S&P 100

The S & P 100 (Standard & Poor's 100) is an equity index of 100 of the largest U.S. companies in the S & P 500 includes the shares. It was developed in 1976 by the Chicago Board Options Exchange ( CBOE ) and is since 1983 part of the index family of the rating agency Standard & Poor's.


When S & P 100 is a price index. As a basis, the 100 largest public companies in the S & P 500, on the New York Stock Exchange ( NYSE), NYSE Amex (formerly the American Stock Exchange) and NASDAQ are traded. The index is calculated by the value index formula that specifies that the measurement number, the total change in value. The S & P 100 is not adjusted for dividend payments. Corporate actions such as stock splits have no ( distorting ) influence on the index. They are weighted by market capitalization. About inclusion in the index determines the rating agency Standard & Poor's. The calculation is during NYSE trading hours 9:30 to 16:00 local time ( 15:30 to 22:00 CET) updated every second.

The S & P 100 since 1993, served as the basis for the CBOE Volatility Index ( VIX), which is calculated by the Chicago Board Options Exchange ( CBOE ). Only for the conversion of 2003, the calculation of the VIX to the S & P 500 moved The volatility index VIX measures the market expectations of short-term volatility based on option prices on the index. Between VIX and S & P 100/500 there is an opposite correlation. Increases the volatility of the VIX, then drops the S & P. If the volatility of the VIX, then increases the S & P.


20th century

On 2 January 1976, the Chicago Board Options Exchange ( CBOE ) first published the " CBOE 100 ". The underlying first was 100 points. The trading of options on the index began on 11 March 1983. According to an agreement between the CBOE and Standard & Poor's index was on 1 July 1983 its present name "S & P 100 " and the index family of Standard & Poor's has assigned. On November 24, 1997, a division of S & P 100 was 2-for- 1 Thus, the underlying halved from 1976 to 50 points.

Milestones in the development of the S & P 100 were December 11, 1985, when the index with 100.37 points for the first time closed above the 100 -point mark and February 25, 1998, when he trade with 500.04 points for the first time ended above the mark of 500 points. Also in the following years marked the stock market barometer more record highs. On 23 December 1998, the S & P 100 closed at 610.48 points for the first time on the 600 -point mark. The mark of 700 points fell for the first time on 30 June 1998, when the index closed at 704.47 points and the limit of 800 points on March 21, 2000, when he finished trading with 806.87 points.

On 24 March 2000, the index marked with a final score of 832.65 points, an all time high.

21st Century

After the bursting of the speculative bubble in the technology sector ( dot-com bubble ), the index fell to a low of 392.69 points to 9 October 2002. That was a decline since March 2000 by 54.5 percent. The October 9, 2002 marks the end of the descent. From autumn 2002, the S & P 100 began to rise again. On 11 June 2003, the index exceeded with a final score of 501.95 points back the 500 -point mark. Until 9 October 2007, the S & P 100 rose to 729.79 points.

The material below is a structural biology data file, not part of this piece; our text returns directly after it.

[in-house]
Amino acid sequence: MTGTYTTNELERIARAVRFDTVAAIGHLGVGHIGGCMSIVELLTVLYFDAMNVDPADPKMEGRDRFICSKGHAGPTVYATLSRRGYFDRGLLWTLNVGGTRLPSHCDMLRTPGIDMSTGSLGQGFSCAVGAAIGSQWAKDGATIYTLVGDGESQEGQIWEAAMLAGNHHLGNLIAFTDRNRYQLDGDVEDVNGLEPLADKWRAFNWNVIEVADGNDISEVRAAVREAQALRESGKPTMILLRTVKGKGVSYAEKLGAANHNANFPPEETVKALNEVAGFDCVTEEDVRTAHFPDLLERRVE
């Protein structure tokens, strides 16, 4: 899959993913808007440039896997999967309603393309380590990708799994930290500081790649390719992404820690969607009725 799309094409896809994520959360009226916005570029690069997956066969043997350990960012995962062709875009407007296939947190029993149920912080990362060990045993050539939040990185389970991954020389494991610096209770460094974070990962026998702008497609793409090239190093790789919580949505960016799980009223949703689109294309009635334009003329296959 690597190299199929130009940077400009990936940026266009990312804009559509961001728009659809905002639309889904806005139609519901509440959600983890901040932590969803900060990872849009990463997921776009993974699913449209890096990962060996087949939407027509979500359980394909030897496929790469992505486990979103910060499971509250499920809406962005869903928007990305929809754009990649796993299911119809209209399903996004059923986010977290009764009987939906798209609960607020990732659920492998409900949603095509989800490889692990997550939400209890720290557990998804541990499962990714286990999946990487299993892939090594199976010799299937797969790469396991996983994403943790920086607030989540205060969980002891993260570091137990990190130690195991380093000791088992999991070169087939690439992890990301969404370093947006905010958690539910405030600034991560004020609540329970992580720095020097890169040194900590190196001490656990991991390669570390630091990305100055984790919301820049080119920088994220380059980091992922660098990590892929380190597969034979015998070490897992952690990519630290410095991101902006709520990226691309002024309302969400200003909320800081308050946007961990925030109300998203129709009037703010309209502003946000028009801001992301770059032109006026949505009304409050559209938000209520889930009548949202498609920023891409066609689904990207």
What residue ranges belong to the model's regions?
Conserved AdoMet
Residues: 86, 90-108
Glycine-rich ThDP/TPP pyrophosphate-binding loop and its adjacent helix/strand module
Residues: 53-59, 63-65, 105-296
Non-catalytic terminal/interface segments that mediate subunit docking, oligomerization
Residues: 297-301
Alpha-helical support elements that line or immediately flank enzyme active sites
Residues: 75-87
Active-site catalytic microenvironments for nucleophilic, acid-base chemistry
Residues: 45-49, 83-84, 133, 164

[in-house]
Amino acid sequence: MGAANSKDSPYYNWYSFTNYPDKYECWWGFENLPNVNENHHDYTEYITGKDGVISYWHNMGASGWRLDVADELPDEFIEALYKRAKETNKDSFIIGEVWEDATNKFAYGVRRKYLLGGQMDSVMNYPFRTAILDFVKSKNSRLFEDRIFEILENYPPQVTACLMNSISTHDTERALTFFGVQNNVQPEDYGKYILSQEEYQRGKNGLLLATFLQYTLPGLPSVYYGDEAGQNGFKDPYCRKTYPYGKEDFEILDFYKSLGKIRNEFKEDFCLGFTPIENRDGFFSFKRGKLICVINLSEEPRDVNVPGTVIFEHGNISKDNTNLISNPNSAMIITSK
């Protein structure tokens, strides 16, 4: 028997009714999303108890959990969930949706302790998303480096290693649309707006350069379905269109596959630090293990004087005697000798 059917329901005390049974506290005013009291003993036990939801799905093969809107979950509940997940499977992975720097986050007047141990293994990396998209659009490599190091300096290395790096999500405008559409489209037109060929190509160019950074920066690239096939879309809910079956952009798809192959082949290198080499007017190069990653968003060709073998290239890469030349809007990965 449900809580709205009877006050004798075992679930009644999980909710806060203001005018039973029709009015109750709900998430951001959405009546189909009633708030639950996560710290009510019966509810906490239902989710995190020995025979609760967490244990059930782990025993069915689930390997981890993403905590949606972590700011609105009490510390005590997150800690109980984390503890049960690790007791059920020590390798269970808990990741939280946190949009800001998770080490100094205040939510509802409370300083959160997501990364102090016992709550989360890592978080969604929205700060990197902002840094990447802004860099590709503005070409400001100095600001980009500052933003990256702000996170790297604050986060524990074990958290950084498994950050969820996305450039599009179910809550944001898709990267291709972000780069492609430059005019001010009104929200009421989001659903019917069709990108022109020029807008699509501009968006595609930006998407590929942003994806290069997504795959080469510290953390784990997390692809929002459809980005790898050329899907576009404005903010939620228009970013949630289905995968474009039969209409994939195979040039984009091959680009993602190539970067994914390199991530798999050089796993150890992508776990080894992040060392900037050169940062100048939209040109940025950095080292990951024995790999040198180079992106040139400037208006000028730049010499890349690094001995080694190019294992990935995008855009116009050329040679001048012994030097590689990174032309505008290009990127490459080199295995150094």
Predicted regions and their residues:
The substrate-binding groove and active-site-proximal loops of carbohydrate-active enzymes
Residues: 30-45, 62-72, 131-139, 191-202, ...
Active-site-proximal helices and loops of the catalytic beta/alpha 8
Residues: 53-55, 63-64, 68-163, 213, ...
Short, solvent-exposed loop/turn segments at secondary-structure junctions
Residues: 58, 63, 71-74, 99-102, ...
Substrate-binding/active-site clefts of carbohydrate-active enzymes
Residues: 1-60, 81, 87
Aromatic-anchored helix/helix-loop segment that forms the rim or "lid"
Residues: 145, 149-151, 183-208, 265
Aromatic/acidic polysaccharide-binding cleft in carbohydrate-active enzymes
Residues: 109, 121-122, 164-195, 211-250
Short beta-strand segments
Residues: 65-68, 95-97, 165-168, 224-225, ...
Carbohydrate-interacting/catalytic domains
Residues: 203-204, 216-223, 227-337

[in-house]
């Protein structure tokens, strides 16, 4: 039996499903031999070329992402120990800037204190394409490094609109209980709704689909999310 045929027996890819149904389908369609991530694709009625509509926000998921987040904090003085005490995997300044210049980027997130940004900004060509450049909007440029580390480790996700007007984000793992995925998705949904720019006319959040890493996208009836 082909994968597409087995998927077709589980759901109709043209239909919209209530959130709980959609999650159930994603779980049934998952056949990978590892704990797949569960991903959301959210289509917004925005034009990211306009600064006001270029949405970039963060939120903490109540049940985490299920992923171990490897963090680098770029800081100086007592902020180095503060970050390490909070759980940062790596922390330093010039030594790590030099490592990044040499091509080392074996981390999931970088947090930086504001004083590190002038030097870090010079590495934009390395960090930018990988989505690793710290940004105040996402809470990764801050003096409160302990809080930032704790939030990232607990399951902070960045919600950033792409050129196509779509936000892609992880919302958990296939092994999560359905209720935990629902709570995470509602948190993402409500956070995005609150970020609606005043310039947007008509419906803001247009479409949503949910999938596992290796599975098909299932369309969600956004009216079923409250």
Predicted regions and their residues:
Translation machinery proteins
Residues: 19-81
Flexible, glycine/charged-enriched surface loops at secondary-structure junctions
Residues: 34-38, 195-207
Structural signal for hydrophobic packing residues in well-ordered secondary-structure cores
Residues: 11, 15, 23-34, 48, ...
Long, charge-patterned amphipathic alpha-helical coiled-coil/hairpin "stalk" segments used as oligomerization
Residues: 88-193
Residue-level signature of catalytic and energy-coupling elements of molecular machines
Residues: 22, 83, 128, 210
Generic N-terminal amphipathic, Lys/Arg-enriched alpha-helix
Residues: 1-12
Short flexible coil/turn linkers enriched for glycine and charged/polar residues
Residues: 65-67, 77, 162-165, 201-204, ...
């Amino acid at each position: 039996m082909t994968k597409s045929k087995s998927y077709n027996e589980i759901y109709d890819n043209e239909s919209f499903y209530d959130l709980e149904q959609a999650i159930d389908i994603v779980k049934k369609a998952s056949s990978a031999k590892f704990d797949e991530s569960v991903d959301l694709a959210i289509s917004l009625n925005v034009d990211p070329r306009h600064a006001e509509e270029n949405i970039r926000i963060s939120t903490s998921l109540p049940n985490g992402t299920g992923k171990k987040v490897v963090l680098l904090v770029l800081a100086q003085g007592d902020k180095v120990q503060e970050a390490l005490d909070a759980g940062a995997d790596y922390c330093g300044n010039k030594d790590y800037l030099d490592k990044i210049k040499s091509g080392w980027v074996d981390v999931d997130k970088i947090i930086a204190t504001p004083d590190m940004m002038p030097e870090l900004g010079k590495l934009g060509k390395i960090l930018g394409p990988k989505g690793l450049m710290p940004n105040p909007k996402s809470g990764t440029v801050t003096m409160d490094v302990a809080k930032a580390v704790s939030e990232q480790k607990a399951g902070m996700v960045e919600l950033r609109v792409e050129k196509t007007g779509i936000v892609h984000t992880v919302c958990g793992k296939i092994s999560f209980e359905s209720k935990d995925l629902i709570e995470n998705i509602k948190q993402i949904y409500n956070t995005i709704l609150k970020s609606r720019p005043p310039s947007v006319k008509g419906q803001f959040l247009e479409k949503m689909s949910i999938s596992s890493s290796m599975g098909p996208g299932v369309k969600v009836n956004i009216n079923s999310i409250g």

In the course of the international financial crisis in the U.S. real estate crisis originated in the summer of 2007, the S & P 100 began to fall again. On 7 October 2008, the stock market barometer closed at 473.61 points below the limit of 500 points. At the lowest level since September 11, 1996, the index fell on March 9, 2009, when he finished trading with 322.13 points. Since October 9, 2007, this represents a decrease of 55.9 percent.

The March 9, 2009 marked the end of the descent. From the spring of 2009, the stock market index has again recovered strongly. Until 29 April 2011, he rose by 88.8 percent to a closing level of 608.33 points. The slowdown in the global economy and the intensification of the euro crisis led to a fall in the stock index. On 3 October 2011, the S & P 100 trading ended at 500.09 points. The loss since its peak on 29 April 2011 amounted to 17.8 percent.

The announcement of new bond purchase programs of the European Central Bank and the U.S. Federal Reserve in principle unlimited extent led to a recovery of prices in the stock market. The monetary stimulus played a greater role in price formation, as the global economic slowdown and the position of the company. On October 4, 2012, the index closed at 673.19 points, up by 34.6 per cent as on October 3, 2011.


On 24 March 2000, the S & P 100 marked in the course of trade and on a closing basis all-time highs.


The table shows the milestones of the S & P 100

Annual development

The table shows the annual performance of the S & P 100 since 1975.


The S & P 100 consists of the following companies (as of 31 December 2012):